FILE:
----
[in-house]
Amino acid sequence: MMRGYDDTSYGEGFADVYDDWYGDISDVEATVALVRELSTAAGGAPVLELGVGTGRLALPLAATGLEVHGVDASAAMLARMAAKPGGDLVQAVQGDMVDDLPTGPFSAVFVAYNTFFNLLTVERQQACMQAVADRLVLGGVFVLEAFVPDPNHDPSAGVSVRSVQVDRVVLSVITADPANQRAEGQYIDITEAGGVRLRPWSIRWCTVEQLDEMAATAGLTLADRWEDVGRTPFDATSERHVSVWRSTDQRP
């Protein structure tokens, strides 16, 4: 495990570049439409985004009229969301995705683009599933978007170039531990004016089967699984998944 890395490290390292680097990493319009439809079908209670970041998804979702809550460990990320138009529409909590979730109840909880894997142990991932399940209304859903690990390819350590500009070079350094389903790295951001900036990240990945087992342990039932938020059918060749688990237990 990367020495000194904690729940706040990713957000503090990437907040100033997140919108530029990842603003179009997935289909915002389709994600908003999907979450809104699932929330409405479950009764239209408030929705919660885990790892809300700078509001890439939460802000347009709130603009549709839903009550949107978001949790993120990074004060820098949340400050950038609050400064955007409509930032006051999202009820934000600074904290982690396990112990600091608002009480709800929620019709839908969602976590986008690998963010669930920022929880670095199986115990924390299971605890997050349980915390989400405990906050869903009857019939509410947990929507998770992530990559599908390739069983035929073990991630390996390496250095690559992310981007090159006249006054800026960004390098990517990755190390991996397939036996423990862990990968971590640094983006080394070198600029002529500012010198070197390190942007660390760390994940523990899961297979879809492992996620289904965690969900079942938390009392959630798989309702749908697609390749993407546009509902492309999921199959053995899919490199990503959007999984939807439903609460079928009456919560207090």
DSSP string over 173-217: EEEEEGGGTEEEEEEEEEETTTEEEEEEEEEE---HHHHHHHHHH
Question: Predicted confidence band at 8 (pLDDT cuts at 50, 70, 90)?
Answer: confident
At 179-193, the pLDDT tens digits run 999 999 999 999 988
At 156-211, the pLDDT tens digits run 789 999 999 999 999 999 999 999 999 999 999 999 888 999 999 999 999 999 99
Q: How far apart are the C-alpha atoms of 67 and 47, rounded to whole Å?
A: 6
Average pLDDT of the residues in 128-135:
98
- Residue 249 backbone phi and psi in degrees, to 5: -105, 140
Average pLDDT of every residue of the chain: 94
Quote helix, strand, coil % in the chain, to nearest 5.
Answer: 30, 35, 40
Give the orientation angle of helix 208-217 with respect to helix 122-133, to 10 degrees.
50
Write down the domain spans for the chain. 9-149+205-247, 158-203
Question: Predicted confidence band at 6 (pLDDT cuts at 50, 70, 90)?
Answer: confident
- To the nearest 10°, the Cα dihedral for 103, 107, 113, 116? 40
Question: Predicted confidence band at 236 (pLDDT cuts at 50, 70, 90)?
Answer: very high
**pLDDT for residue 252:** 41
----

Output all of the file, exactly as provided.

[in-house]
Amino acid sequence: MMRGYDDTSYGEGFADVYDDWYGDISDVEATVALVRELSTAAGGAPVLELGVGTGRLALPLAATGLEVHGVDASAAMLARMAAKPGGDLVQAVQGDMVDDLPTGPFSAVFVAYNTFFNLLTVERQQACMQAVADRLVLGGVFVLEAFVPDPNHDPSAGVSVRSVQVDRVVLSVITADPANQRAEGQYIDITEAGGVRLRPWSIRWCTVEQLDEMAATAGLTLADRWEDVGRTPFDATSERHVSVWRSTDQRP
């Protein structure tokens, strides 16, 4: 495990570049439409985004009229969301995705683009599933978007170039531990004016089967699984998944 890395490290390292680097990493319009439809079908209670970041998804979702809550460990990320138009529409909590979730109840909880894997142990991932399940209304859903690990390819350590500009070079350094389903790295951001900036990240990945087992342990039932938020059918060749688990237990 990367020495000194904690729940706040990713957000503090990437907040100033997140919108530029990842603003179009997935289909915002389709994600908003999907979450809104699932929330409405479950009764239209408030929705919660885990790892809300700078509001890439939460802000347009709130603009549709839903009550949107978001949790993120990074004060820098949340400050950038609050400064955007409509930032006051999202009820934000600074904290982690396990112990600091608002009480709800929620019709839908969602976590986008690998963010669930920022929880670095199986115990924390299971605890997050349980915390989400405990906050869903009857019939509410947990929507998770992530990559599908390739069983035929073990991630390996390496250095690559992310981007090159006249006054800026960004390098990517990755190390991996397939036996423990862990990968971590640094983006080394070198600029002529500012010198070197390190942007660390760390994940523990899961297979879809492992996620289904965690969900079942938390009392959630798989309702749908697609390749993407546009509902492309999921199959053995899919490199990503959007999984939807439903609460079928009456919560207090």
DSSP string over 173-217: EEEEEGGGTEEEEEEEEEETTTEEEEEEEEEE---HHHHHHHHHH
Question: Predicted confidence band at 8 (pLDDT cuts at 50, 70, 90)?
Answer: confident
At 179-193, the pLDDT tens digits run 999 999 999 999 988
At 156-211, the pLDDT tens digits run 789 999 999 999 999 999 999 999 999 999 999 999 888 999 999 999 999 999 99
Q: How far apart are the C-alpha atoms of 67 and 47, rounded to whole Å?
A: 6
Average pLDDT of the residues in 128-135:
98
- Residue 249 backbone phi and psi in degrees, to 5: -105, 140
Average pLDDT of every residue of the chain: 94
Quote helix, strand, coil % in the chain, to nearest 5.
Answer: 30, 35, 40
Give the orientation angle of helix 208-217 with respect to helix 122-133, to 10 degrees.
50
Write down the domain spans for the chain. 9-149+205-247, 158-203
Question: Predicted confidence band at 6 (pLDDT cuts at 50, 70, 90)?
Answer: confident
- To the nearest 10°, the Cα dihedral for 103, 107, 113, 116? 40
Question: Predicted confidence band at 236 (pLDDT cuts at 50, 70, 90)?
Answer: very high
**pLDDT for residue 252:** 41